Description:

CROSS REFERENCE TO RELATED APPLICATION

This application claims priority to co-pending U.S. Provisional Patent Application entitled “TOILET FLAPPER AND METHOD” filed under Ser. No. 61/050,652 on May 6, 2008, which is incorporated herein by reference in its entirety.

BACKGROUND

Toilets use a lot of water at a time when water is becoming scarce. As a consequence, low flow toilets and the like have been designed to use less water. However, even considering low flow designs, toilets still use much of the water consumed by people resulting in an adverse effect on the environment.

BRIEF DESCRIPTION OF THE DRAWINGS

Many aspects of the invention can be better understood with reference to the following drawings. The components in the drawings are not necessarily to scale, emphasis instead being placed upon clearly illustrating the principles of the present invention. Moreover, in the drawings, like reference numerals designate corresponding parts throughout the several views.

FIG. 1 is a drawing of a toilet tank assembly according to an embodiment of the present disclosure;

FIG. 2 is a cutaway view of a toilet flapper employed in the toilet tank assembly of FIG. 1 according to an embodiment of the present disclosure;

FIG. 3 is a perspective view of the toilet flapper of FIG. 2 according to an embodiment of the present disclosure;

FIG. 4 is a second perspective view of the toilet flapper of FIG. 2 according to an embodiment of the present disclosure;

FIG. 5 is a cutaway view of the toilet flapper assembly according to another embodiment of the present disclosure;

FIG. 6 is a perspective view of an insert in a float of the toilet flapper assembly of FIG. 5 according to an embodiment of the present disclosure;

FIGS. 7A and 7B are drawings of one embodiment of the float that may be employed with the toilet flapper of FIG. 1 or the toilet flapper assembly of FIG. 5 according to an embodiment of the present disclosure;

FIGS. 8A and 8B are drawings of another embodiment of the float that may be employed with the toilet flapper of FIG. 1 or the toilet flapper assembly of FIG. 5 according to an embodiment of the present disclosure;

FIGS. 9A, 9B, and 9C are drawings of another embodiment of the float that may be employed with the toilet flapper of FIG. 1 or the toilet flapper assembly of FIG. 5 according to an embodiment of the present disclosure; and

FIG. 10 is a drawing of another embodiment of the float that may be employed with the toilet flapper of FIG. 1 or the toilet flapper assembly of FIG. 5 according to an embodiment of the present disclosure.

DETAILED DESCRIPTION

With reference to FIG. 1, shown is a toilet tank assembly 100 that comprises a toilet tank 103 with a fill valve 106. The fill valve 106 controls the filling of the toilet tank 103 by allowing water to enter the toilet tank 103 through an inlet 109 during the flush cycle of a toilet that employs the toilet tank assembly 100. At the end of a given flush, the toilet tank 103 is filled up to the water level 113 as shown. The toilet tank assembly 100 further includes a flush handle 116 that protrudes from the outside of the toilet tank 103. The flush handle 116 is coupled to a flush lever 119. The toilet tank assembly 100 further includes a flush valve 133 that comprises a flapper 136 and a seat 139 of a flush orifice 143 in the toilet tank 103. A tether 145 attaches the flapper 136 to the flush lever 119. The flapper 136 may be constructed of rubber, plastic, or other suitable material. The tether 145 may comprise, for example, a chain, cord, string, or other type of tether 145 as can be appreciated.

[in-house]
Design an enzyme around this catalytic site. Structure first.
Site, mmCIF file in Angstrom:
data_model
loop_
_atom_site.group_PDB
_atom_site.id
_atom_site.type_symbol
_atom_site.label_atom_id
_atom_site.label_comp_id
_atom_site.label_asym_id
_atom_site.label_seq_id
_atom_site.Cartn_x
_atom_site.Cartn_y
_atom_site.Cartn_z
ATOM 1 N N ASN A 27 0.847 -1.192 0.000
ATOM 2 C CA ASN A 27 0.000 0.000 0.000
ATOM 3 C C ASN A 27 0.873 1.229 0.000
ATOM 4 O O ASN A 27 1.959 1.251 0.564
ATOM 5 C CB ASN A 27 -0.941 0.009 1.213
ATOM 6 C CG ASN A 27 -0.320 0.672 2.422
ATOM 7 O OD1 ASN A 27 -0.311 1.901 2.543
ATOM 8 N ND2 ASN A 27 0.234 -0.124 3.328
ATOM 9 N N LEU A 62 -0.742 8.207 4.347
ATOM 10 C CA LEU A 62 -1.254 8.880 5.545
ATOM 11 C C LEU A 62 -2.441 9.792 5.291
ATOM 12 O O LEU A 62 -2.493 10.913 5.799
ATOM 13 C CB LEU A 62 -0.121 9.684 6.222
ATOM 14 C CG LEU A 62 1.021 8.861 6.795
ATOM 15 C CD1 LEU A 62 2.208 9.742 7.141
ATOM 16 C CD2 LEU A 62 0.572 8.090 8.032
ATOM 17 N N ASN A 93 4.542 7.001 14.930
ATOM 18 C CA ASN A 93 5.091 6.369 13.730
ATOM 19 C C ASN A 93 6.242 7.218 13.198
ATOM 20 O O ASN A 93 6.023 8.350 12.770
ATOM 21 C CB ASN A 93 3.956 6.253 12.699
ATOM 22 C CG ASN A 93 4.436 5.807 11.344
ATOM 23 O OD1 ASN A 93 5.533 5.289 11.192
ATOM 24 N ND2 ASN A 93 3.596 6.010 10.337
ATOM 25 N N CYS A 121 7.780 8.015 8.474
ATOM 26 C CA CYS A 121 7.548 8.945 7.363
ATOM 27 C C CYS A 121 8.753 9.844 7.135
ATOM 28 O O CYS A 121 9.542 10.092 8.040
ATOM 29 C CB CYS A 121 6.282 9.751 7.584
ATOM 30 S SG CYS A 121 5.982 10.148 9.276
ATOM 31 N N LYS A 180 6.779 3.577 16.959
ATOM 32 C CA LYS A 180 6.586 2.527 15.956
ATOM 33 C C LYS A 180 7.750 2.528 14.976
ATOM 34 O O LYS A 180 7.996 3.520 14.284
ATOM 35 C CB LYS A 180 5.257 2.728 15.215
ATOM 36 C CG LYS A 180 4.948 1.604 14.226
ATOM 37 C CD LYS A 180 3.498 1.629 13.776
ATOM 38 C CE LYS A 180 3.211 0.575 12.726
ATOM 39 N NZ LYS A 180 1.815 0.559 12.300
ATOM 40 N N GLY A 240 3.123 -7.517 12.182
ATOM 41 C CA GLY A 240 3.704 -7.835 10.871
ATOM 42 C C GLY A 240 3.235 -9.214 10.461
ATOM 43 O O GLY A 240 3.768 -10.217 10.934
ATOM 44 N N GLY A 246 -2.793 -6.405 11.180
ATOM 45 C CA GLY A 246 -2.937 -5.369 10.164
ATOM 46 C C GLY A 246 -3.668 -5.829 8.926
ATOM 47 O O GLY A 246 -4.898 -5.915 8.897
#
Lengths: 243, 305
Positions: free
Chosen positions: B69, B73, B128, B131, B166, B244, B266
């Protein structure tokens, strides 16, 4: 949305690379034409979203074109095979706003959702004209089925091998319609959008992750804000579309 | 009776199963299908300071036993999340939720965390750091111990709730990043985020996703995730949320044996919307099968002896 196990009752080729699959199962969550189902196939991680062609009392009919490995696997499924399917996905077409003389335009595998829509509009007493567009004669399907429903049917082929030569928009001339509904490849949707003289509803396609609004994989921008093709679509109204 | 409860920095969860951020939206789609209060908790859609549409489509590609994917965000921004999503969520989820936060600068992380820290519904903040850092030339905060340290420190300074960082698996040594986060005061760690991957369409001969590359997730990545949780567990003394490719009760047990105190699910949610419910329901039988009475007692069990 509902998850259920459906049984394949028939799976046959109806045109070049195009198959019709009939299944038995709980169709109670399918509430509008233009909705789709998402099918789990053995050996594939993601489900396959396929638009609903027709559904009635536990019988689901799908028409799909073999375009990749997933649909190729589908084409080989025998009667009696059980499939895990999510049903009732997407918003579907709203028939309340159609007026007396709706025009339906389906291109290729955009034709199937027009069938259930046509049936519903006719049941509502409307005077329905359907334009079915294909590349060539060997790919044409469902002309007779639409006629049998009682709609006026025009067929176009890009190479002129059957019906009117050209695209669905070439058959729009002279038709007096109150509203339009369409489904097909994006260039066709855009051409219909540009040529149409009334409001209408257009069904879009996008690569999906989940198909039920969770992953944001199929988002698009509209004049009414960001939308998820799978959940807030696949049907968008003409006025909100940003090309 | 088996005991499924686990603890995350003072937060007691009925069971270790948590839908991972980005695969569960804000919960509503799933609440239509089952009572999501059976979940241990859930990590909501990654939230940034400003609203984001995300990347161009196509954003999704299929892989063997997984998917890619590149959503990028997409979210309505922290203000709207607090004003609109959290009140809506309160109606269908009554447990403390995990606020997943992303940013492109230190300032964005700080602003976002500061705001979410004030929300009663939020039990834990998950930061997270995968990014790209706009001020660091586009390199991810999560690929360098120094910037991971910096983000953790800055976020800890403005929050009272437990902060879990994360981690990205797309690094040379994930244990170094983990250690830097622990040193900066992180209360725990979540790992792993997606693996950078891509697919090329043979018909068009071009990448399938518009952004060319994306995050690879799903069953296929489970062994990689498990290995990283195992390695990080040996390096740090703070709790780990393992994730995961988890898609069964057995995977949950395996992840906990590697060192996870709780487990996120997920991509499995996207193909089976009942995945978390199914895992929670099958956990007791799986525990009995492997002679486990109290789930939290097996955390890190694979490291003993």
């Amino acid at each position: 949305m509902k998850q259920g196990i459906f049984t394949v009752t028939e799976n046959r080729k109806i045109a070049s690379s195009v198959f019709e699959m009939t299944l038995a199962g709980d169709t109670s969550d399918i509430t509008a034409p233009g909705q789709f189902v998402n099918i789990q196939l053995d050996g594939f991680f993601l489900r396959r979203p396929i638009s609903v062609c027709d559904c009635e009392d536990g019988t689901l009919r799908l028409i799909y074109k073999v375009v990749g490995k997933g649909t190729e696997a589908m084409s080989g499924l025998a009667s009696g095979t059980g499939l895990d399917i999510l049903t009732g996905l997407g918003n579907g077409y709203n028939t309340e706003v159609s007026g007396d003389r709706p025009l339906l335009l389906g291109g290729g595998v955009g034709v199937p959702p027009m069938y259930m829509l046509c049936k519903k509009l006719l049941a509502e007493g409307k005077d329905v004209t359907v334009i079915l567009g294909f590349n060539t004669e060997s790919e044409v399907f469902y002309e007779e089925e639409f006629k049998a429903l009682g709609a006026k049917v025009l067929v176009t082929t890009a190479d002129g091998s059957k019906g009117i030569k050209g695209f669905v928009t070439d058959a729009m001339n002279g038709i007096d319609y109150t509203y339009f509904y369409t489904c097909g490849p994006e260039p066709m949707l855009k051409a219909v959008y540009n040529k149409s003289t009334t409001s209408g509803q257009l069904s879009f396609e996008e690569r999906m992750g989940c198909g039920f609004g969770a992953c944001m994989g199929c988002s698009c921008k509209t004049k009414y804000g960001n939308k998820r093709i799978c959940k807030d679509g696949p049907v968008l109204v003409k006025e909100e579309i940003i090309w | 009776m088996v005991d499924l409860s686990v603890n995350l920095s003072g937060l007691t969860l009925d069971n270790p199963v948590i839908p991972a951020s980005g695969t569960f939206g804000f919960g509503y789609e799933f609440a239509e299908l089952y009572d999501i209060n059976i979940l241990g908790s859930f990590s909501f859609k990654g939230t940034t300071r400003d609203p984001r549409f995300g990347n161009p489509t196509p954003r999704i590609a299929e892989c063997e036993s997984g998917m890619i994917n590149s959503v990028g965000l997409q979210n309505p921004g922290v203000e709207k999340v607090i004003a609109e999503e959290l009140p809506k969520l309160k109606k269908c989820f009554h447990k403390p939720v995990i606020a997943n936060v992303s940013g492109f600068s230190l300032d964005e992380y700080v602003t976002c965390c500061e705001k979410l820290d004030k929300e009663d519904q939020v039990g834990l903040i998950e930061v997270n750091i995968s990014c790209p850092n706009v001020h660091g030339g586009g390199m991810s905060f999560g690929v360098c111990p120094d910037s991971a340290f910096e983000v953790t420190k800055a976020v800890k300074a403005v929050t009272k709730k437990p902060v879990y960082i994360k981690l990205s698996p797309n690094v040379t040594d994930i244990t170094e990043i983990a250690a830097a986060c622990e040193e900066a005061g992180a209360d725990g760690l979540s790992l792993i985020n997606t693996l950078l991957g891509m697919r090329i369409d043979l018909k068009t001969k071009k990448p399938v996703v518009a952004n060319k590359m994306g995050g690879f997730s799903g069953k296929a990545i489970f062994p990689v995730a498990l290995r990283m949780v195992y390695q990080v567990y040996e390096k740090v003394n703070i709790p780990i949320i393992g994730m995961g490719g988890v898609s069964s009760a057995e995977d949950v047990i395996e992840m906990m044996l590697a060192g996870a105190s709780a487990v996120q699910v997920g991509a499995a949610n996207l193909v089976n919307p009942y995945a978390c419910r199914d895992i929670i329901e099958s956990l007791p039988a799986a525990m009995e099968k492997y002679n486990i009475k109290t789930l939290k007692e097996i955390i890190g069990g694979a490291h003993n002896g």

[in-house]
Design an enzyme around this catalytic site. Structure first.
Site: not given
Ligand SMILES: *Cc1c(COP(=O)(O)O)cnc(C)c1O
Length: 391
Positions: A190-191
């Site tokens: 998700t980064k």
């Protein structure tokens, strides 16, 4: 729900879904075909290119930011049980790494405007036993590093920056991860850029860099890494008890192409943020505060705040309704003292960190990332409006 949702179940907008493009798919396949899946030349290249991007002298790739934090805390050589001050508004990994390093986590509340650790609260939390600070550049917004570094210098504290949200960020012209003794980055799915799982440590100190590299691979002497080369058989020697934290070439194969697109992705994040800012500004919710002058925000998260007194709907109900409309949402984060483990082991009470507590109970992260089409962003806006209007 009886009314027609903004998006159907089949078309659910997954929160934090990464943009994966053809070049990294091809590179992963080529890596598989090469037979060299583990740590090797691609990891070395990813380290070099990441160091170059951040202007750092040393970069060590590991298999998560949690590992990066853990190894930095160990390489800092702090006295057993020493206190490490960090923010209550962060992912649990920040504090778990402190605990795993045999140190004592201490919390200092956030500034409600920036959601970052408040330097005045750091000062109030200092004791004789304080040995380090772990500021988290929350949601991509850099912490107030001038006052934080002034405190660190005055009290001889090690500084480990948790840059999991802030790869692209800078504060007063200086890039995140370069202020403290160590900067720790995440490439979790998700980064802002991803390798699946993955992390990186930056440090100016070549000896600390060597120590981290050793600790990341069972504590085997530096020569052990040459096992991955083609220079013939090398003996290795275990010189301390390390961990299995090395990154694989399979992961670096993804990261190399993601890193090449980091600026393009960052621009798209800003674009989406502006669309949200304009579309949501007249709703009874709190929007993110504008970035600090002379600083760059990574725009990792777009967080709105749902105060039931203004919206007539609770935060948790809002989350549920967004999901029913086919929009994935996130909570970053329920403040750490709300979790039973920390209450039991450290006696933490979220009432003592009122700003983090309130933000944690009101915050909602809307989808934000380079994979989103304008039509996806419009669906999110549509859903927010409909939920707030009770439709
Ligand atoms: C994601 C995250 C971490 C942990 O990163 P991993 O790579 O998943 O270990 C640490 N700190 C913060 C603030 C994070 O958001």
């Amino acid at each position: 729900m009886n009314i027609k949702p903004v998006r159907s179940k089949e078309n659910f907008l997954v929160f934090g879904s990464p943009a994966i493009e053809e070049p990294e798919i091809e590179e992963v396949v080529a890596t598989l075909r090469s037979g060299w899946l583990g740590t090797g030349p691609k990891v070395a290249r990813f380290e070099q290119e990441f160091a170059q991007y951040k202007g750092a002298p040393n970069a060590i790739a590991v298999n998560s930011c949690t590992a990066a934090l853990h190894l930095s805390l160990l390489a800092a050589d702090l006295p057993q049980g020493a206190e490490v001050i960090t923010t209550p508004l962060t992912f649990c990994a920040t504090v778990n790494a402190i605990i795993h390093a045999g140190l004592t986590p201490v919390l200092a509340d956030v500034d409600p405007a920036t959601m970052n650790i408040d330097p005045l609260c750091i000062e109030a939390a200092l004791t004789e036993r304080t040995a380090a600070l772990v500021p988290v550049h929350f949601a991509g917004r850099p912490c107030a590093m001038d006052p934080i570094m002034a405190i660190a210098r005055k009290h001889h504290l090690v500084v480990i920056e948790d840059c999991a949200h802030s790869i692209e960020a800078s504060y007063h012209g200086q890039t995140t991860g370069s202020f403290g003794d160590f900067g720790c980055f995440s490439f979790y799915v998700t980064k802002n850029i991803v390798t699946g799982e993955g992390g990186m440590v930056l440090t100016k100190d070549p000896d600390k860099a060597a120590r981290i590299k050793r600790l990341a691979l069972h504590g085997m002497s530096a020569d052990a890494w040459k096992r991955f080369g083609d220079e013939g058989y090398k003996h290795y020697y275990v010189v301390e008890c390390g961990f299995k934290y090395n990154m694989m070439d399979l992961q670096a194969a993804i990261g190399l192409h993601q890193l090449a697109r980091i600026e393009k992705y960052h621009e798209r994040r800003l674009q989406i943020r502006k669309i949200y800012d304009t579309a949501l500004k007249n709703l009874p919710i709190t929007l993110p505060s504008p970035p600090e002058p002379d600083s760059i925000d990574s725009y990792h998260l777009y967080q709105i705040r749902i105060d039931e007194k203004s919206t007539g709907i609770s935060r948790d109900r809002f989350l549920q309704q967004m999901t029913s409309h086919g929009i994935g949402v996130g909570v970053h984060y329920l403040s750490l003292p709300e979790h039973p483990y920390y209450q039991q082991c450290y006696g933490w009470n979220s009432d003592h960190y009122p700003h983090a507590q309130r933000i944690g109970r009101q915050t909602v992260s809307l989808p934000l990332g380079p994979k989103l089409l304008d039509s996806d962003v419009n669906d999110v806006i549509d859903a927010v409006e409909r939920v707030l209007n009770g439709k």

The flapper 136 is positioned in the seat 139 of the flush orifice 143 of the toilet tank 103 so as to prevent water within the tank 103 from draining into the toilet bowl until a flush is implemented. The flapper 136 seals the flush orifice 143 by virtue of a sealing surface 146 that contacts the seat 139. An inverted dome 149 protrudes from a sealing side of the flapper 136 and through the flush orifice 146 when the flush valve 133 is in a closed state as shown. The dome 149 thus protrudes from a sealing side of the flapper 136 in the middle of the sealing surface 146 and into the flush orifice 143. Thus, the flush orifice 143 is sealed by virtue of the sealing surface 146 and the dome 149 of the flapper 136. To this end, water enters into the dome 149 through an opening at the upper end of the dome 149 located on the upper side of the flapper 136. Stated another way, the opening is on a side that is opposite the side of the sealing surface 146 of the flapper 136. Due to this configuration, the flapper 136 itself may be made of a material so as not to be buoyant when submerged in water depending upon the material used. As contemplated herein, when the flapper 136 lacks buoyancy, it will fall to the closed position, thereby preventing water from draining through the flush orifice 143. According to various embodiments, a float is employed with the flapper 136 to provide buoyancy so that the flapper 136 remains tilted in an open state as desired during a flush cycle as will be described.